But presidents do not operate in a vacuum. To do what he thinks he must do, Duterte can only operate through what we call the state, the ensemble of institutions, especially the bureaucracy, that manages a nation. Continue reading

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Aquino-Del Rosario betrayed our national interest in arbitration suit vs China

FORMER President Aquino, his foreign secretary Albert del Rosario, and his Solicitor General Florin Hilbay patently betrayed our national interest in the arbitration suit they filed against China:

They asked the tribunal to degrade our islands in the Kalayaan Island Group, especially our Pag-Asa Island — the second biggest in the disputed area — to mere “rocks,” telling the arbitral tribunal that, as such, these therefore do not generate a 430,000-square kilometer (sq km) circular exclusive economic zone (EEZ).

The tribunal, of course, upheld their allegation. Why wouldn’t they when it is the representatives themselves who claim their islands are not islands but just rocks? Their allegation in effect lost us at least 430,000 sq km of potential EEZ, an area bigger than the Philippines’ 300,000 sq km land area.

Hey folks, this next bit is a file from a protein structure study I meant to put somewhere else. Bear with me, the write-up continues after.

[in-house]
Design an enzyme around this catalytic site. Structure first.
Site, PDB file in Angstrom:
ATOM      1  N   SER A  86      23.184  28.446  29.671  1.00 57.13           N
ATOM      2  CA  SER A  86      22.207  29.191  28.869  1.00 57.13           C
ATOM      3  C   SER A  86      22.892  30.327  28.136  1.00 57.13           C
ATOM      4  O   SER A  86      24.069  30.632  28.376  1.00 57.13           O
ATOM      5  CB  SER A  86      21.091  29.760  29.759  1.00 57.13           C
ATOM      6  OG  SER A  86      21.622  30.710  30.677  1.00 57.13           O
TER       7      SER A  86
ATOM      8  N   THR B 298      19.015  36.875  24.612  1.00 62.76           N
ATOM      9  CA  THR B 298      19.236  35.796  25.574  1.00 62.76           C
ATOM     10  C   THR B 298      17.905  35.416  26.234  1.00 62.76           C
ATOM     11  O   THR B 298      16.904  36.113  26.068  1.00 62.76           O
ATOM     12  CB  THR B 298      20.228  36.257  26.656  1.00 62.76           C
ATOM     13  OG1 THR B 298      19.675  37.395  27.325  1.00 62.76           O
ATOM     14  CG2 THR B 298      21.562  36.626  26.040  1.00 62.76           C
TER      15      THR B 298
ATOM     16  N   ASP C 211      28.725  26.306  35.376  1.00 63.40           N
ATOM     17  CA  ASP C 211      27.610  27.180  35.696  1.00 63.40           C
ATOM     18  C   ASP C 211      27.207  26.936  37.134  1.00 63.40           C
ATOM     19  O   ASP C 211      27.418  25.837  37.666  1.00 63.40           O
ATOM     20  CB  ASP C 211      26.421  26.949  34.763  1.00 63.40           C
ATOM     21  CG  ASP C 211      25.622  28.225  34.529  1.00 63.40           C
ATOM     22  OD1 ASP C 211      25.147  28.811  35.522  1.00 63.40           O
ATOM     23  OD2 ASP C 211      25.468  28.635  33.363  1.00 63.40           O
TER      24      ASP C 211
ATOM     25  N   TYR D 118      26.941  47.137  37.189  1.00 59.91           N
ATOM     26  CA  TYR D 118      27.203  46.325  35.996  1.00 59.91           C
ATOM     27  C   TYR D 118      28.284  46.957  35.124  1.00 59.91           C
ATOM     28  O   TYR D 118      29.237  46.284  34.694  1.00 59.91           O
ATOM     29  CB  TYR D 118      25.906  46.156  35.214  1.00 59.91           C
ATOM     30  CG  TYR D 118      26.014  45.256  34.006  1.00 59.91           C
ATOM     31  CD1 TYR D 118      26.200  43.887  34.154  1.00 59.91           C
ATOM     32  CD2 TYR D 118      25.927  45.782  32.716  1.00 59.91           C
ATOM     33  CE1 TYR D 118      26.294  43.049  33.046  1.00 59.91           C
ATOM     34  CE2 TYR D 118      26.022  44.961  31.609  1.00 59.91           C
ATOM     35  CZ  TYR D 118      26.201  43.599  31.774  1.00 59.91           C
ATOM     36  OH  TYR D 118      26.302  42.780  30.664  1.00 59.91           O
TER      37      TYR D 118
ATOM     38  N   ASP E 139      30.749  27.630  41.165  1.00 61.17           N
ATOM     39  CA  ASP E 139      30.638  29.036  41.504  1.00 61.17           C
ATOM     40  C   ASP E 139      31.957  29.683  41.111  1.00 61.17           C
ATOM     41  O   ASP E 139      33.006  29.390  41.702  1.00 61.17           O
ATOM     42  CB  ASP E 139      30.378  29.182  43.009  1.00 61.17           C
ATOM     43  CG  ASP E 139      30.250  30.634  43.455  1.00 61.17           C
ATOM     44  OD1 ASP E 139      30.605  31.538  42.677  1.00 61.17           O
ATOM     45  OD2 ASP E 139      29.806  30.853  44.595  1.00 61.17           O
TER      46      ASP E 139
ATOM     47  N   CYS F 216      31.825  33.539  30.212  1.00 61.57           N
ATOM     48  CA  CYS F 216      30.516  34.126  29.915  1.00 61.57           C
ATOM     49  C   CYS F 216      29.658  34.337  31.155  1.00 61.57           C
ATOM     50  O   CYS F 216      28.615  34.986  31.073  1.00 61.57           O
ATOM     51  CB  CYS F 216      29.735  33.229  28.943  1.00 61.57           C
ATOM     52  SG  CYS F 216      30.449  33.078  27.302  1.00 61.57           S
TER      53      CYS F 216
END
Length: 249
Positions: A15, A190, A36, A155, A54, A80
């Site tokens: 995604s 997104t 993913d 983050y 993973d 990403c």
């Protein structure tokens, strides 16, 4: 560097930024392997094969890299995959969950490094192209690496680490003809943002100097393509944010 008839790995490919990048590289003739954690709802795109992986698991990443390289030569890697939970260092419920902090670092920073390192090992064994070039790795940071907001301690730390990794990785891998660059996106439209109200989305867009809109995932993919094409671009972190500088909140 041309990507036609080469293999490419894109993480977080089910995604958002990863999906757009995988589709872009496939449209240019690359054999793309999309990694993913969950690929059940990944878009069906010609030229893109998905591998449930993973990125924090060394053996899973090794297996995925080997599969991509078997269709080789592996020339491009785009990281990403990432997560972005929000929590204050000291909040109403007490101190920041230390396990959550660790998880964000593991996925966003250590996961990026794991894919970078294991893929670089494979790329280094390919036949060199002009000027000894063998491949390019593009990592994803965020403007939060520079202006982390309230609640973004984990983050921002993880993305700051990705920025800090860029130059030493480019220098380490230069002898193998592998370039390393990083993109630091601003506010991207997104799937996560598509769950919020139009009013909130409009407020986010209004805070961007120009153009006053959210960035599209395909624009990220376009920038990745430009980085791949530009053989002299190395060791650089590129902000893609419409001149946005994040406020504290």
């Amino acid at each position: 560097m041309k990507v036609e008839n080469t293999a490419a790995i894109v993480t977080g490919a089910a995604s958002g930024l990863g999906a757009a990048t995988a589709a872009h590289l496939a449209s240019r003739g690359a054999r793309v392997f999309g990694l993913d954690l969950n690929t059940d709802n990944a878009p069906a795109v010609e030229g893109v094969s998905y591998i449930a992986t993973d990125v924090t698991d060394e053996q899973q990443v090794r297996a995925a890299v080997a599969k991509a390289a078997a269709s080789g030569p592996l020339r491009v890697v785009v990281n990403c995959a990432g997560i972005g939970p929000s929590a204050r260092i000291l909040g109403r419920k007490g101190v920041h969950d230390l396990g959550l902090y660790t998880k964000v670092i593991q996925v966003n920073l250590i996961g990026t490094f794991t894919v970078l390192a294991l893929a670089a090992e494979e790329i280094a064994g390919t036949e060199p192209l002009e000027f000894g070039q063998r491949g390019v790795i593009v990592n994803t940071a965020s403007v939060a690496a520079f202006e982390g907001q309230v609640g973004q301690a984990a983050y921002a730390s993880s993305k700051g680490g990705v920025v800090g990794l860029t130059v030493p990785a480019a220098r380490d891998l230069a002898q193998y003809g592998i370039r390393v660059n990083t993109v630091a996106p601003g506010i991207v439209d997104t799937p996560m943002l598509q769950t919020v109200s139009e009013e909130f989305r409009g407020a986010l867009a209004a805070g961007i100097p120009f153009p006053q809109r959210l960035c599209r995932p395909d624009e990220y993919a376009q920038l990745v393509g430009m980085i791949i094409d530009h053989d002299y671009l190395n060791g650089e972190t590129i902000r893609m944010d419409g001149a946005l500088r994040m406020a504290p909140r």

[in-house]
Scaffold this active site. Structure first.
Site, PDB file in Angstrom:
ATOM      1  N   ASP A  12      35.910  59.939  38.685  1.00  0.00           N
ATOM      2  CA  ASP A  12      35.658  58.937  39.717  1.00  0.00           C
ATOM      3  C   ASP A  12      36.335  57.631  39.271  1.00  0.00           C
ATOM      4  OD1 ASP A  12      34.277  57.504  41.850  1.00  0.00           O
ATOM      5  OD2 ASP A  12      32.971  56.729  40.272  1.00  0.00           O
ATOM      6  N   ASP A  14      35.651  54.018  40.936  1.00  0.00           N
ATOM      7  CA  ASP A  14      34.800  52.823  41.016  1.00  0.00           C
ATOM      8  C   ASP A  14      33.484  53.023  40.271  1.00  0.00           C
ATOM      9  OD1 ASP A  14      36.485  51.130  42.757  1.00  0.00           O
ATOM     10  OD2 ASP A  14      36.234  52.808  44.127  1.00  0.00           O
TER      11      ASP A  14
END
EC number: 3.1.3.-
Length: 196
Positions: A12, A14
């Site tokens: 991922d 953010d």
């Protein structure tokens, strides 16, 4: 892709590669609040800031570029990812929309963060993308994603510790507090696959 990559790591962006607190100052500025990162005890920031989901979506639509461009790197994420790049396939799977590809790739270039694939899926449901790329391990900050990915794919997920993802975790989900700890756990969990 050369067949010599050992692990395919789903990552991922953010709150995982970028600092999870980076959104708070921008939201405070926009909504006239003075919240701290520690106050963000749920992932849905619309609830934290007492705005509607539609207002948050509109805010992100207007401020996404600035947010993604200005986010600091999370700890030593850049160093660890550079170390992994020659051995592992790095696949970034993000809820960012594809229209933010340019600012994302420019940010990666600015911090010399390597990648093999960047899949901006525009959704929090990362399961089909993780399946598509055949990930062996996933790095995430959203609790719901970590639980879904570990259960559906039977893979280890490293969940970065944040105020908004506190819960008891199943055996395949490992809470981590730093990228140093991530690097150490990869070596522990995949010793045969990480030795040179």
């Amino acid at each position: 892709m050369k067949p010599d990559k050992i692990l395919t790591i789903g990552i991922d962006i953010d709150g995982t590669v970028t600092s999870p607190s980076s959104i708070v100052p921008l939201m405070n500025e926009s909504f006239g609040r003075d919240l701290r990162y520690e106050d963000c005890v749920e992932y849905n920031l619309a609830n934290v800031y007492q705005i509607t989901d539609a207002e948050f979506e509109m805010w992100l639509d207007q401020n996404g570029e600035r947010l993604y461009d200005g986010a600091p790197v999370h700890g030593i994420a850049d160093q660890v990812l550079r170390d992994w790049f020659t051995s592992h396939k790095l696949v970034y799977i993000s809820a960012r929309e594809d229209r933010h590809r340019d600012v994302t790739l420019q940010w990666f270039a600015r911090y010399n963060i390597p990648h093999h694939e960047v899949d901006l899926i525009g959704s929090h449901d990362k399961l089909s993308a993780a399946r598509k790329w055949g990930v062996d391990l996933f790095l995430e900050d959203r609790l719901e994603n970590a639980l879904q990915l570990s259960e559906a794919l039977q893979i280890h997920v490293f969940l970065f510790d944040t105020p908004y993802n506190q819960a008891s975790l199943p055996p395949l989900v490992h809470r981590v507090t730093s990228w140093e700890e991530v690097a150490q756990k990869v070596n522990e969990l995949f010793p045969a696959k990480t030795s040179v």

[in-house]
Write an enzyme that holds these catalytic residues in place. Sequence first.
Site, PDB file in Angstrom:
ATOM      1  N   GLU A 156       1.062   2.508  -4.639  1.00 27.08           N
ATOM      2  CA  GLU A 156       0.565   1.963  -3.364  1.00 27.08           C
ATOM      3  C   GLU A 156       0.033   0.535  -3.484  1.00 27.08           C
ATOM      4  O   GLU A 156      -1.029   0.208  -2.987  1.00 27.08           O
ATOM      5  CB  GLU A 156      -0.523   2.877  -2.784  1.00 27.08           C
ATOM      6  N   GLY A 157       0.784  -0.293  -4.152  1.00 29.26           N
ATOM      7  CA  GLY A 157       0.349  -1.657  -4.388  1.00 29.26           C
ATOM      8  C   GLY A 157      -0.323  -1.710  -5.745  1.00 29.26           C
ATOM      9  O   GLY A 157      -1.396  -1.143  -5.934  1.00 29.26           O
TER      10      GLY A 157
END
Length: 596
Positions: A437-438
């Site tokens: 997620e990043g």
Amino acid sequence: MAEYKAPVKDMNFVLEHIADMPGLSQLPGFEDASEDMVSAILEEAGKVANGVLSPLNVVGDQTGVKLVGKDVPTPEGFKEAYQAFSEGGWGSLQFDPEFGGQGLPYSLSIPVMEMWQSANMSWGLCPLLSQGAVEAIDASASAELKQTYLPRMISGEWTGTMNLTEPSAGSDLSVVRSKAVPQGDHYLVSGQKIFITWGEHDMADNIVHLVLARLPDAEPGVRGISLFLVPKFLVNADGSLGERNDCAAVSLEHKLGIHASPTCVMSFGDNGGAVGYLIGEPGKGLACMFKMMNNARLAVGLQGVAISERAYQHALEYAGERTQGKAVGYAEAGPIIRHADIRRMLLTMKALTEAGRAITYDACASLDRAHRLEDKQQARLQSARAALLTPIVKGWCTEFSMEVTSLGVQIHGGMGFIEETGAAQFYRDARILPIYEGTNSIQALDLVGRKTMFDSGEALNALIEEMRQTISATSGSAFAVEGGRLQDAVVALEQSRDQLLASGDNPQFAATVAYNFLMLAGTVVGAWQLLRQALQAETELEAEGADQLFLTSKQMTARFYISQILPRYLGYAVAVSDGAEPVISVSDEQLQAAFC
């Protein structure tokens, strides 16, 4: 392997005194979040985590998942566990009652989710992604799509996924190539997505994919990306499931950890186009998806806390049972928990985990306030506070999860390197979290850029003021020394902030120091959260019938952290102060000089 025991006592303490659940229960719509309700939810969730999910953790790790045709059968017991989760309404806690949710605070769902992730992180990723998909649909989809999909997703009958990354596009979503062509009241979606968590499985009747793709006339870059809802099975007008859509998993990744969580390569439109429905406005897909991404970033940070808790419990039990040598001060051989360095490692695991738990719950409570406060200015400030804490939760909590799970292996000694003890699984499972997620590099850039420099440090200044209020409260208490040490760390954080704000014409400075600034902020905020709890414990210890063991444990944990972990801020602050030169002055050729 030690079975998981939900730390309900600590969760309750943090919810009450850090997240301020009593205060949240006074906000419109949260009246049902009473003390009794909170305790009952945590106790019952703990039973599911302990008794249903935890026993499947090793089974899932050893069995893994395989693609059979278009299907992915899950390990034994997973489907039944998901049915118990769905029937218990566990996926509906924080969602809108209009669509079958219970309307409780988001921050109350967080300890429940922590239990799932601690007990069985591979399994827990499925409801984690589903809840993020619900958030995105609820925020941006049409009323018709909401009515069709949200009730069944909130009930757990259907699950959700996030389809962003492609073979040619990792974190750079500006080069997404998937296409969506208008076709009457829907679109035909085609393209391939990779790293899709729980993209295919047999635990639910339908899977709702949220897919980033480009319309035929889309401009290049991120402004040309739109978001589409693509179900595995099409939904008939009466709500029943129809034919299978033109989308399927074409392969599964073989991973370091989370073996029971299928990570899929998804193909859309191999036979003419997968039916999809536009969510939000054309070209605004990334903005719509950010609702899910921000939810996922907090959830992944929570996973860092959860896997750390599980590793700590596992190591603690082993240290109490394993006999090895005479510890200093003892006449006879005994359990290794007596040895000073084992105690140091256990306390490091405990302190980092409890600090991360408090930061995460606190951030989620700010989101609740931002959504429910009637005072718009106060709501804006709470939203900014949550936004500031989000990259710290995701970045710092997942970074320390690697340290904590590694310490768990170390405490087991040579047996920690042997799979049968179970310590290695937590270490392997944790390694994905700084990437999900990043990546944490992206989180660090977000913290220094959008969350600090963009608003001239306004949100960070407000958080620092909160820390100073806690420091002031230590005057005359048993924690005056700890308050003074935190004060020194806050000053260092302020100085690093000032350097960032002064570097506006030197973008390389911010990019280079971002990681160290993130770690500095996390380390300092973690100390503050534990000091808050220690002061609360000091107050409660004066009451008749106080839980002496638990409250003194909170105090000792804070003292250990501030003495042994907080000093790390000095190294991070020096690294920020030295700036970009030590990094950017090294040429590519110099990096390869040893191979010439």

Potential EEZ of Pag-Asa (roughly that of Taiwan’s Taiping island) the suit gave up. Source: Author’s graphics using GoogleEarth.

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Sabio reveals: Trillanes the brains of ‘Bikoy’ caper

LAWYER Jude Sabio last week revealed that it was former senator Antonio Trillanes 4th who was the brains behind the so-called “Totoong Narcolist” videos, spread through social media in April that claimed President Duterte and his children were involved with illegal drug syndicates.

Last May, Peter Joemel Advincula, the narrator in the videos who called himself “Bikoy,” surrendered to authorities and disclosed that the allegations in the video were all lies and that it was a fabrication of Trillanes intended to sway voters to vote for the opposition Senate candidates in the elections early that month. Trillanes denied the accusation in a privilege speech at the Senate.

Last week, Advincula’s disclosure was supported by Sabio, who has been viewed as one of Trillanes’ closest conspirators in the latter’s anti-Duterte campaign. He was the lawyer for Edgar Matobato who had claimed to have been with the Davao “death squads” when Duterte was the city mayor. He also filed a case last April against Duterte and several of his officials at the International Court of Justice, accusing them of mass murder in their war against illegal drugs.